News from "Rikki-tikki-tavi,"
31 July 2006
Fury Cove, Fitz Hugh SoundOf the 212 days that have so far slipped away this year, Rikki-tikki-tavi traveled on sixty-eight of those days, spent forty-one of the nights tied to a dock, with the remainder side-tied at anchor to Juniata, with whom we began buddy-boating at the end of March. Rikki-tikki has covered 1145 nautical miles, with many more miles remaining to slide beneath his hulls before we are back in the USA.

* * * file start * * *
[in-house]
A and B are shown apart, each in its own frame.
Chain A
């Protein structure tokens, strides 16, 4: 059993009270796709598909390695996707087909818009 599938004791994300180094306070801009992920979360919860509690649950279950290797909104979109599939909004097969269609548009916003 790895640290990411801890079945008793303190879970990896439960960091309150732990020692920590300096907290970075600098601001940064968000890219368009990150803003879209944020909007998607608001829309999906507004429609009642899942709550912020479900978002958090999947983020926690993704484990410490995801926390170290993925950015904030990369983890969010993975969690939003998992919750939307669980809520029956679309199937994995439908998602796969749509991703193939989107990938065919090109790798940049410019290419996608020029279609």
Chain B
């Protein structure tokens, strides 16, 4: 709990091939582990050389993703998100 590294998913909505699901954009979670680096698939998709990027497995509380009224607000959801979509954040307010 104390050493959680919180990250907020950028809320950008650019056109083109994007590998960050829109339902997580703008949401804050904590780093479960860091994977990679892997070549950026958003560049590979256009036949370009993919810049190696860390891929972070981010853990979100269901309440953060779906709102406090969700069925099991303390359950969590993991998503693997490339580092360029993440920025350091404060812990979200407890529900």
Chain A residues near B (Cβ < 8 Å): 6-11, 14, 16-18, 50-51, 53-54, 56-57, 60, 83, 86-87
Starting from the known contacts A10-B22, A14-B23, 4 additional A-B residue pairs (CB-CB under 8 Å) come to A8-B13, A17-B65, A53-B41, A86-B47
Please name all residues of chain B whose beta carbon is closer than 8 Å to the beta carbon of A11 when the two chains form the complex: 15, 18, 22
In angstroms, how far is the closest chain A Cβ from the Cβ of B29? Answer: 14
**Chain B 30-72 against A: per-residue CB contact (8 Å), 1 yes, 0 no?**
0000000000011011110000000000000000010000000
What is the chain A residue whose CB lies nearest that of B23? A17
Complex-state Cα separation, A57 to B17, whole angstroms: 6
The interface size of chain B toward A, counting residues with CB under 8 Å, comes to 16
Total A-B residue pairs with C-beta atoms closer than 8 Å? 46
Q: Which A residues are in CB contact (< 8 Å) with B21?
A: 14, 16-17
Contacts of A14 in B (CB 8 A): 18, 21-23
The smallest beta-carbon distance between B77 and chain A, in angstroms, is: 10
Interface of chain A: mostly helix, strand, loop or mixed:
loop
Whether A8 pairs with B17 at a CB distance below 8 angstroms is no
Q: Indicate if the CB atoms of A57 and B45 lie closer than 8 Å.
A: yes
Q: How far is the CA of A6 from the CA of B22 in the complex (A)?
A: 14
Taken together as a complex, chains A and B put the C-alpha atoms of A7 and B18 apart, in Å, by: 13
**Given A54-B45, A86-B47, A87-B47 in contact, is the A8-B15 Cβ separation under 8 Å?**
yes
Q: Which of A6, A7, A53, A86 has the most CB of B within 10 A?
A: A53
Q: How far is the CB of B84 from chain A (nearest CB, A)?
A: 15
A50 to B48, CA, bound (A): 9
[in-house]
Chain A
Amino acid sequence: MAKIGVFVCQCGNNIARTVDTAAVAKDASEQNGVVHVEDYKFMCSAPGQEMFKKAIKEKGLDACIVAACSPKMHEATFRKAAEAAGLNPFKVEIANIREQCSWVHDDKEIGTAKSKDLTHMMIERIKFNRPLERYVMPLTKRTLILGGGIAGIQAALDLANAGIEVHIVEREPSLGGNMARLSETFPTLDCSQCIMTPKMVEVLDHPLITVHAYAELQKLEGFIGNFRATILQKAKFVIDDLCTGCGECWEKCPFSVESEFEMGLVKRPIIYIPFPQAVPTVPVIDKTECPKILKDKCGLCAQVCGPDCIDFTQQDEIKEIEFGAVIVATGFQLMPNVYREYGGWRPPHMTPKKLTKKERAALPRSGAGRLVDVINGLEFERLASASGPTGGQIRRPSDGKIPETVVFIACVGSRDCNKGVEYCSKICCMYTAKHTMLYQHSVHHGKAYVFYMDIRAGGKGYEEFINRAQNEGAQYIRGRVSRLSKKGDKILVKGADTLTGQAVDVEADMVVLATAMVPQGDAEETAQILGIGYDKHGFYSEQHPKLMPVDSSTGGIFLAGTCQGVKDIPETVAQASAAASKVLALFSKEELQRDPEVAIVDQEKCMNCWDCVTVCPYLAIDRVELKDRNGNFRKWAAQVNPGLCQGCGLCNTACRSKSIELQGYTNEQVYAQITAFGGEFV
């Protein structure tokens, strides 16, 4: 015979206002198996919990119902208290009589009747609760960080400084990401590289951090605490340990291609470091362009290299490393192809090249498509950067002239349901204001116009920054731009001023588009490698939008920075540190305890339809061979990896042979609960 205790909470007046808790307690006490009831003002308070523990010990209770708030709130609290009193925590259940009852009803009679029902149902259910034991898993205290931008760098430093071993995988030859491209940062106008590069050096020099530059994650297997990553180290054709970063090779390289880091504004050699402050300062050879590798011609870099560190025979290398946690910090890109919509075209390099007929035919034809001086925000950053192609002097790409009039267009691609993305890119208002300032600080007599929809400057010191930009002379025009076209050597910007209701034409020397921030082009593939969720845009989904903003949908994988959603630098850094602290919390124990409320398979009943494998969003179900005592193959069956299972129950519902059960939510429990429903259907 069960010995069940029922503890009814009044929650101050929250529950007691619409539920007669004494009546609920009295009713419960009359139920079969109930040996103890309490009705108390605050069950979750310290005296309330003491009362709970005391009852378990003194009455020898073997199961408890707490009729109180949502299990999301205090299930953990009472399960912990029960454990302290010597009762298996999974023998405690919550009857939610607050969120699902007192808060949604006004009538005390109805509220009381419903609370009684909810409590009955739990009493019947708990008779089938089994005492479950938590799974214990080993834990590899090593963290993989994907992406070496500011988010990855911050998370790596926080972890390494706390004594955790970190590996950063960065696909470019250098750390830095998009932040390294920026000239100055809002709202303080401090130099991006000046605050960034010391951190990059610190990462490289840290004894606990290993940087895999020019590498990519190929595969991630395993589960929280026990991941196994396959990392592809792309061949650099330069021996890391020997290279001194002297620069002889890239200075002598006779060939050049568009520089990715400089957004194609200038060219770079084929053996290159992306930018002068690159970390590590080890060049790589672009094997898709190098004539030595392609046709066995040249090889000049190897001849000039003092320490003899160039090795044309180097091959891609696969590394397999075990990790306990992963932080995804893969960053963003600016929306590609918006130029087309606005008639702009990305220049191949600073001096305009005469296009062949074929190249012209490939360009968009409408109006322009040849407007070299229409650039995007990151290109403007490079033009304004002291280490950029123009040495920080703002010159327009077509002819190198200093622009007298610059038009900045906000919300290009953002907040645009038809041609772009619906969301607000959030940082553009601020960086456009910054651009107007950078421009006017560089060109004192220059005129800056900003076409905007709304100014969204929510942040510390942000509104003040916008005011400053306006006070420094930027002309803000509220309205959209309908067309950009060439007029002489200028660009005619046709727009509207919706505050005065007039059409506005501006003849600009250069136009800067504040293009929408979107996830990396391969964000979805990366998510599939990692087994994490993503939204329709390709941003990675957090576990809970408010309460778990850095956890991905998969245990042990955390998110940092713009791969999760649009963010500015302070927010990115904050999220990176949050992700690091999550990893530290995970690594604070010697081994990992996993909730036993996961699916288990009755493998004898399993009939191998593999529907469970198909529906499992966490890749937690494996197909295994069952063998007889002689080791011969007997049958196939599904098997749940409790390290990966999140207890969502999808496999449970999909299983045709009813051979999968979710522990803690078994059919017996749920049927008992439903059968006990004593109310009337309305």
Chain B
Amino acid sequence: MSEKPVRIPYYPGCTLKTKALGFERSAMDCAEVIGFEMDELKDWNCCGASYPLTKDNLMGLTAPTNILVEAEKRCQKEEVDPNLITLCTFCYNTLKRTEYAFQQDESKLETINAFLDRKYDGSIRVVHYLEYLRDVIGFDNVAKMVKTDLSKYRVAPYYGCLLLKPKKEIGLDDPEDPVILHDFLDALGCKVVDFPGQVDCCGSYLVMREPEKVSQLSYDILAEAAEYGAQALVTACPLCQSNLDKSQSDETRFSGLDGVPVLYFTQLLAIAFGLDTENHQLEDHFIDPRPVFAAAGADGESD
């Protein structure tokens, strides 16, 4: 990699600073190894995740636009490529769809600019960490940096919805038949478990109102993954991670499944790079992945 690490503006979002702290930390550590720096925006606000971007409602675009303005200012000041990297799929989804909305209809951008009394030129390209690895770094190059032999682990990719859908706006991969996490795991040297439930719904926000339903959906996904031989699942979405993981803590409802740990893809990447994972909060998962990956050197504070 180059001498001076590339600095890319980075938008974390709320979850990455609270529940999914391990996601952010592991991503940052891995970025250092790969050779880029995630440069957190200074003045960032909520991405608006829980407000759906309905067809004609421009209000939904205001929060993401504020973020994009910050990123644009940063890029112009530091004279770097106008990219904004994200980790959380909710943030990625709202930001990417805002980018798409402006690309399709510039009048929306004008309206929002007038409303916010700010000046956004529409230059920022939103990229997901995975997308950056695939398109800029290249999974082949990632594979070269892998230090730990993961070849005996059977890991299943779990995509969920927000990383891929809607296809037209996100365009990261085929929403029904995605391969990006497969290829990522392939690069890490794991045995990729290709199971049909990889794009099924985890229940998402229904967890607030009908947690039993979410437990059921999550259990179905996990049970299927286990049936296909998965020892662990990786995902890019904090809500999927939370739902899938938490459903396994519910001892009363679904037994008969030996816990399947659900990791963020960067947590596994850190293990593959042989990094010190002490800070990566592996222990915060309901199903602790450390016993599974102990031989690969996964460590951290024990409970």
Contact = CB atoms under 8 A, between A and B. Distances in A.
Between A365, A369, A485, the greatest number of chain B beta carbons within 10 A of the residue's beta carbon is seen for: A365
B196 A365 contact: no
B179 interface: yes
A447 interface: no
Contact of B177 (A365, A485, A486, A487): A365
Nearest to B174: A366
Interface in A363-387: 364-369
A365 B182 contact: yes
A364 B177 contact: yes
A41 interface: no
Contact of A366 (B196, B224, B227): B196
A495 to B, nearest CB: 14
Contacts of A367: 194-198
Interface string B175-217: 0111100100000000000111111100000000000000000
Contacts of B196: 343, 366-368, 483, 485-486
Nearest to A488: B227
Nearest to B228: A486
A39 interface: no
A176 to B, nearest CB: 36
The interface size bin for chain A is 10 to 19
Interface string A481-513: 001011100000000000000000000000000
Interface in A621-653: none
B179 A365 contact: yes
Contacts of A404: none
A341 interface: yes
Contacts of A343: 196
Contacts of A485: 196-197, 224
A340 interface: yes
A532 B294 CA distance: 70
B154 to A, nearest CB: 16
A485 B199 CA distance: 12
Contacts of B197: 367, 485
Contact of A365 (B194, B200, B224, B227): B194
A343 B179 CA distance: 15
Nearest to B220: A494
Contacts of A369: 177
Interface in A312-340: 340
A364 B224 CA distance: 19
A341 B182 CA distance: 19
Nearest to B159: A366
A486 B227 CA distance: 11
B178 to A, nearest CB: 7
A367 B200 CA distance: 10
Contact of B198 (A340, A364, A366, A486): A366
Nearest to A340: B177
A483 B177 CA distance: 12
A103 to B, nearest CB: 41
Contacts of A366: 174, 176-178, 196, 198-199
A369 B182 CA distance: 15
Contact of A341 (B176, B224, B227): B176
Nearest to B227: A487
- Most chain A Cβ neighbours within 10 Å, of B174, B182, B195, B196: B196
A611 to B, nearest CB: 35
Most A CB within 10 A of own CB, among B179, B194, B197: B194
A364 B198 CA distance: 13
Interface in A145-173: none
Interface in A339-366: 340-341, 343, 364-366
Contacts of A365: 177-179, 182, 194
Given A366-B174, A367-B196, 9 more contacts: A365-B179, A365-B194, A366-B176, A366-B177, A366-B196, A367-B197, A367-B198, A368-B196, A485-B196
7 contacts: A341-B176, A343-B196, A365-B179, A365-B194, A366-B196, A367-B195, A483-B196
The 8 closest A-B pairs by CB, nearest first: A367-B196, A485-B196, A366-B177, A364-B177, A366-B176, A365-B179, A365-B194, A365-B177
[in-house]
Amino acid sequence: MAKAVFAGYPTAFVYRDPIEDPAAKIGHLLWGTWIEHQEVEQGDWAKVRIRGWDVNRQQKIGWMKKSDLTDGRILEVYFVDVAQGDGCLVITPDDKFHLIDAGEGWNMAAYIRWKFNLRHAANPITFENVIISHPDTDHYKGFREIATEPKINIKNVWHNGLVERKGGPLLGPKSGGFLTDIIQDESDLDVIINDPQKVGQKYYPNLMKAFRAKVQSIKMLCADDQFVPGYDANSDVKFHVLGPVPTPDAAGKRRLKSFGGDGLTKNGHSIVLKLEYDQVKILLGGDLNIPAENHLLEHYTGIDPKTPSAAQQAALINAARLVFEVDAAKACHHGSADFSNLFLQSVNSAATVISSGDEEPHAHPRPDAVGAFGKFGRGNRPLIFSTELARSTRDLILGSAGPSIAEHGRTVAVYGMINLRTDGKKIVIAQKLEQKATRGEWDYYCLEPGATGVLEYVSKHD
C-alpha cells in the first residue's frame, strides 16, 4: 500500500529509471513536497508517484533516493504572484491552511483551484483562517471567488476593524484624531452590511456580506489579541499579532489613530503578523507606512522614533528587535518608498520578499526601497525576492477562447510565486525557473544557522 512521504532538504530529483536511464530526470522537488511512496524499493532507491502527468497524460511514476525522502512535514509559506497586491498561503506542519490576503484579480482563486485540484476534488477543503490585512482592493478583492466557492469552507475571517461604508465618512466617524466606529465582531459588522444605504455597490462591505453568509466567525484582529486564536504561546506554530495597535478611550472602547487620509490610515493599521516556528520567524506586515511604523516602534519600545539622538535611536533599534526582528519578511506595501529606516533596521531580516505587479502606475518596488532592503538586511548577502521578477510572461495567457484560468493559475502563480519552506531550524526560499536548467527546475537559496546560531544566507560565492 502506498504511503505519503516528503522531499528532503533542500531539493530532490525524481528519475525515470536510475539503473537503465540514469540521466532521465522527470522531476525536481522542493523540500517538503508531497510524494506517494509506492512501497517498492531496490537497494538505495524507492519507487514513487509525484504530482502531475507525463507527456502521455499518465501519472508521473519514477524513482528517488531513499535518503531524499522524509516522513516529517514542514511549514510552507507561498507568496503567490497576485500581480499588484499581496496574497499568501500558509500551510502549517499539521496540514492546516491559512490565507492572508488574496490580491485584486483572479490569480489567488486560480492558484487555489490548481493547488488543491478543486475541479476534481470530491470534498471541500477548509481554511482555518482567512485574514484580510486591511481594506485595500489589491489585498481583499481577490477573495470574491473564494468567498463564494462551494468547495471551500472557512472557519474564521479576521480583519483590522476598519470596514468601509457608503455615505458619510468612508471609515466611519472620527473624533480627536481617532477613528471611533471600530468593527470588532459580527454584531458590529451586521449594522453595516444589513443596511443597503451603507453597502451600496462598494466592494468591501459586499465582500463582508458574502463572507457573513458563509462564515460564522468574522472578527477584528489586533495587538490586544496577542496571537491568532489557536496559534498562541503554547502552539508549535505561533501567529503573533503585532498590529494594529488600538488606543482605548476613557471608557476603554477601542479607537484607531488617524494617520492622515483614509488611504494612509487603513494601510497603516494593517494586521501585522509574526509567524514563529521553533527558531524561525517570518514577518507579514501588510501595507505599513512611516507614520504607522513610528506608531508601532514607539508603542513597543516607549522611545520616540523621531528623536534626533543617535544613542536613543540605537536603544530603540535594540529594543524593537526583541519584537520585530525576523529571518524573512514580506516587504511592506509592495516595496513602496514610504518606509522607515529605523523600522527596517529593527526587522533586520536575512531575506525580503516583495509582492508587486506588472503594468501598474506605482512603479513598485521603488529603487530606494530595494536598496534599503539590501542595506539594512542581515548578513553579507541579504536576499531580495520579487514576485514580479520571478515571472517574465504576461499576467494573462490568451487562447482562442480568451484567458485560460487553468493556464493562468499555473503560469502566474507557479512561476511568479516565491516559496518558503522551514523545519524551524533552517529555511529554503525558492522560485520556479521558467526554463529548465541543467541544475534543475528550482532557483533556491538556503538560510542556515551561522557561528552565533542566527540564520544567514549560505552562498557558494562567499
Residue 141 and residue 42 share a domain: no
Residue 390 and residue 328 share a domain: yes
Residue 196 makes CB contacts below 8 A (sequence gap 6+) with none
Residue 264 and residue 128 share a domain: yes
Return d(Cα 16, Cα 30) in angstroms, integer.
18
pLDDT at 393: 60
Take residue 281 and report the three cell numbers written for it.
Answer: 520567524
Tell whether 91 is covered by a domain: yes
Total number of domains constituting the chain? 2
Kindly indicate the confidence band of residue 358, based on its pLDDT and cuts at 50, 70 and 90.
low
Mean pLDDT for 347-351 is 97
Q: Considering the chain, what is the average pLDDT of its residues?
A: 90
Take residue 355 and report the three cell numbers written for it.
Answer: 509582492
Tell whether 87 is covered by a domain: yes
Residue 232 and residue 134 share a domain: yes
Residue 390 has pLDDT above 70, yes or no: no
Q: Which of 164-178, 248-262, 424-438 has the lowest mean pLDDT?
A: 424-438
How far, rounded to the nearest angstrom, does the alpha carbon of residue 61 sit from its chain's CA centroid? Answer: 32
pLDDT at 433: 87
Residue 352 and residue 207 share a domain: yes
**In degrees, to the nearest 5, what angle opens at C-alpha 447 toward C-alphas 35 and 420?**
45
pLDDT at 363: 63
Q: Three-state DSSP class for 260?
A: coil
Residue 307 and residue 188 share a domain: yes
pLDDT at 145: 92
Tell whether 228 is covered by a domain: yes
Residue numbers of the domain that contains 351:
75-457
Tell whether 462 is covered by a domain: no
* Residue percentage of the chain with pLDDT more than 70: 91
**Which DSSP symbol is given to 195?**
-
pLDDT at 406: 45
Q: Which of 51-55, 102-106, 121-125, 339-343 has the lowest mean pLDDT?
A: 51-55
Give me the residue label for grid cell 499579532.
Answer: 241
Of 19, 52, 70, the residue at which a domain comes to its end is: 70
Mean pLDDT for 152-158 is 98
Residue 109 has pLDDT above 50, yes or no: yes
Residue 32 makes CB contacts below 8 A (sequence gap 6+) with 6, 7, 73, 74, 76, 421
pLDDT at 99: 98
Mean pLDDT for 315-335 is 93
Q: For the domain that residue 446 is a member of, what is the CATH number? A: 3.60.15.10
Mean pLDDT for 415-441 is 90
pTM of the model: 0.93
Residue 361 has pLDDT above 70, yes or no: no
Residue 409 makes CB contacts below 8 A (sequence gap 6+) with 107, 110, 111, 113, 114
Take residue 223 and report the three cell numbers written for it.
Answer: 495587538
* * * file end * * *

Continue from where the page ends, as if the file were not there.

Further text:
Our season of cruising the Central Coast of British Columbia must be cut a bit short. Rikki-tikki-tavi has been accepted to be a part of the 30th Port Townsend Wooden Boat Festival! The Festival runs September 8-10, so we will be heading back to Washington over the last three weeks of August. It is an honor to join the ranks of the many beautiful wooden boats that have participated in the Festival. We are thrilled and looking forward to the event with great anticipation. After the Festival, we will find a safe place for Rikki-tikki while we go back to Sacramento to see Nina's first grandchild. A beautiful boy, Merritt Maui, was born June 25 to Michael and Samantha Bailey. It has been difficult to be without communication for such long periods while cruising the farther reaches of BC, but we have been able to see photos of the baby on the internet and spoken to the new parents on Skype from Ocean Falls and from Shearwater, where we found that these two remote outposts recently began providing wireless internet access. We have found that cruising brings new challenges each day. Be it unpredictable weather, navigational problems and hazards, finding comfortable anchorages, or the hours required daily to hunt for food, prepare food, clean up after food, store food– the tasks necessary to keep the boat running well and ourselves content are innumerable. We find new interests taking the place of old. We are discovering what works for us and what doesn't. Above all, we are learning and enjoying life aboard Rikki-tikki-tavi. We find time to kayak the shorelines at low tide, discovering new creatures that we've never seen before. Clark fishes and sets traps for prawn and crab. He has caught more fish than we can eat so we release most of them. He brought a beautiful 33.5", 18# Chinook salmon back from fishing in the dinghy off Hakai Passage. We've found new and delicious ways to prepare all the wonderful seafood and have experimented with harvesting and eating seaweed. Bull kelp makes delicious chutney for our fish and the blades of winged kelp, which can only be found in areas with very fast moving water at a very low tide, is tasty fried. The rib in the center tastes like shitake mushrooms in soups and stir-fry. The interesting people we've met on other boats are always one of the best parts of cruising. Everyone has a great story to tell and the vessels they inhabit are all so very different. Living on water seems to attract those who enjoy solitude and wildness, relish the challenges of being self-sufficient in remote areas, and find reward in successfully handling the natural forces of weather and the ocean. We feel like such newcomers to the community but we look forward to experiencing at least a small number of the places these wonderful folks have travelled in their boats. Our travels so far this year have been inspiring, enlightening, tranquil, breathtaking, sometimes daunting and demanding– we are living Rikki-tikki-tavi's Adventures. The task of transcribing our experiences has become more taxing to us than all the other challenges we face each day. So, for now, we beg your understanding as we send this missive merely listing our Ports of Call. We promise more details of Rikki-tikki's adventures as soon as we have some long, uninterrupted time to write them down. Meanwhile, we are on the move nearly every day and are entwined in the adventure itself. Ports of Call January 1, 2006 to July 31, 2006 January 1-21 Montague Harbour, Galiano Island, BC Montague Harbour Marina January 21-23 Winter Cove, Saturna Island, BC 10.93 NM January 23 Return to USA across Boundary Pass 20.37 NM January 23-February 6 Friday Harbor, San Juan Island, WA Anchorage, Hong Kong Basin & 4 nights at marina. February 6 Mystery Bay 37.6 NM, cross Strait of Juan de Fuca February 7-March 26 Port Ludlow Inner Harbor 19.6 NM March 27 Port Madison 22.69 NM March 28-29 Poulsbo 9.03 NM March 30-April 2 Port Madison 9.01 NM April 3 Eagle Harbor 10.07 NM, dock behind "Bacchanal" April 4 Gig Harbor 27.77 NM, city dock April 5-6 Penrose Point State Park, Mayo Cove 16.08 NM April 7-9 Olympia, Swantown Marina 21.54 NM April 9-11 Jarrell Cove 19.23 NM April 12 Filucy Bay 16.74 NM April 13-14 Horsehead Bay, Carr Inlet 8.15 NM April 15-16 Gig Harbor 16.39 NM, city dock April 17 Port Madison 26.74 NM April 18-19 Port Ludlow Inner Harbor 23.7 NM April 20-23 La Conner 43.38 NM, through Deception Pass, city dock April 24-25 Friday Harbor, San Juan Island 30.42 NM, Hong Kong Basin barge April 26 Tsehum Harbour, Vancouver Island, British Columbia 19.83 NM, enter Canada April 27-29 Tod Inlet, Vancouver Island 13.82 NM April 30-May 1 Pirates Cove, De Courcy Island 35.81 NM May 2-3 Silva Bay, Gabriola Island 5.18 NM, through Gabriola Pass Rapids May 4-8 Smuggler Cove, Sechelt Peninsula 28.98 NM, cross Strait of Georgia May 9 Green Bay w/stop at Madeira Park, Pender Harbour 17.79 NM May 10-15 Princess Louisa Inlet Marine Park, dock & mooring 39.19 NM, Happy 2nd Birthday, Rikki-tikki-tavi! May 16-17 Harmony Islands 35.29 NM May 18-19 Ballet Bay 12.36 NM May 20-24 Drew Harbour, Quadra Island 49.49 NM, via Strait of Georgia, cruise around Mitlenatch Island May 25-28 Octopus Islands 14.02 NM, through Surge Narrows Rapids May 29-30 Handfield Bay, Cameleon Harbour, Sonora Island 17.17 NM, through Okisollo Channel May 31 Beaver Inlet 24.75 NM, through Green Point Rapids June 1 Port Harvey 40.05 NM, through Whirlpool Rapids June 2 Lagoon Cove 13.08 NM, through Chatham Channel & The Blow Hole, dock June 3-4 Potts Lagoon 8.8 NM June 5-6 Beware Cove 5.39 NM June 7 Dead Point Cove 1.82 NM June 8-9 Crease Island Cove 4.04 NM June 10-11 Waddington Bay 11.7 NM June 12 Echo Bay 6.53 NM, dock June 13-14 Laura Cove 5.53 NM June 15-16 Lady Boot Cove 10.05 NM June 17-18 Port McNeill 23.66 NM, marina June 19 Blunden Harbour 25.46 NM, Queen Charlotte Strait June 20-22 Fury Cove, Fitz Hugh Sound 49.42 NM, around Cape Caution June 23 Philip Inlet, Fitz Hugh Sound 9.08 NM June 24 Kwakume Inlet, Fitz Hugh Sound 13.41 NM June 25-27 Codville Lagoon, Fitz Hugh Sound 24.21 NM June 28-29 Ocean Falls 22.03 NM, dock June 30-July 1 Forit Bay, Gunboat Passage 14.44 NM July 2-3 Gunboat Lagoon Cove 4.03 NM July 4-5 Discovery Cove, Troup Passage 11.34 NM July 6-8 Nash Passage Cove, Spiller Channel 21.26 NM, through Troup Narrows & Bullock Channel July 9-13 Morehouse Bay, Chatfield Island, Return Passage 17.77 NM July 14-15 Shearwater & Whisky Cove, Denny Island 14.26 NM July 16 The Hunter Group, Lama Passage to Hunter Channel 8.5 NM July 17 Cultus Bay, Cultus Sound 11.16 NM July 18-19 McNaughton Group, Queens Sound 7.38 NM July 20 Kayak Cove, Queens Sound, Hunter Island 2.66 NM July 21-22 Spitfire Channel, West Cove 6.03 NM July 22 Hurricane Island, 1-boat nook on south end 4.54 NM July 23-24 Watt Bay, "Domestic Tranquility" cove, Hunter Island 6.46 NM July 25-27 Lewall Inlet, Stirling Island 9.54 NM, Clark caught 33.5" Chinook in Hakai Passage July 28 Pruth Bay, Calvert Island 9.98 NM July 29 Kwakume Inlet, Fitz Hugh Sound 11.11 NM July 30-31 Green Island Anchorage, Illahie Inlet, Fitz Hugh Sound 6.89 NM Harmony Islands, Jervis Inlet Our best to you all, Clark & Nina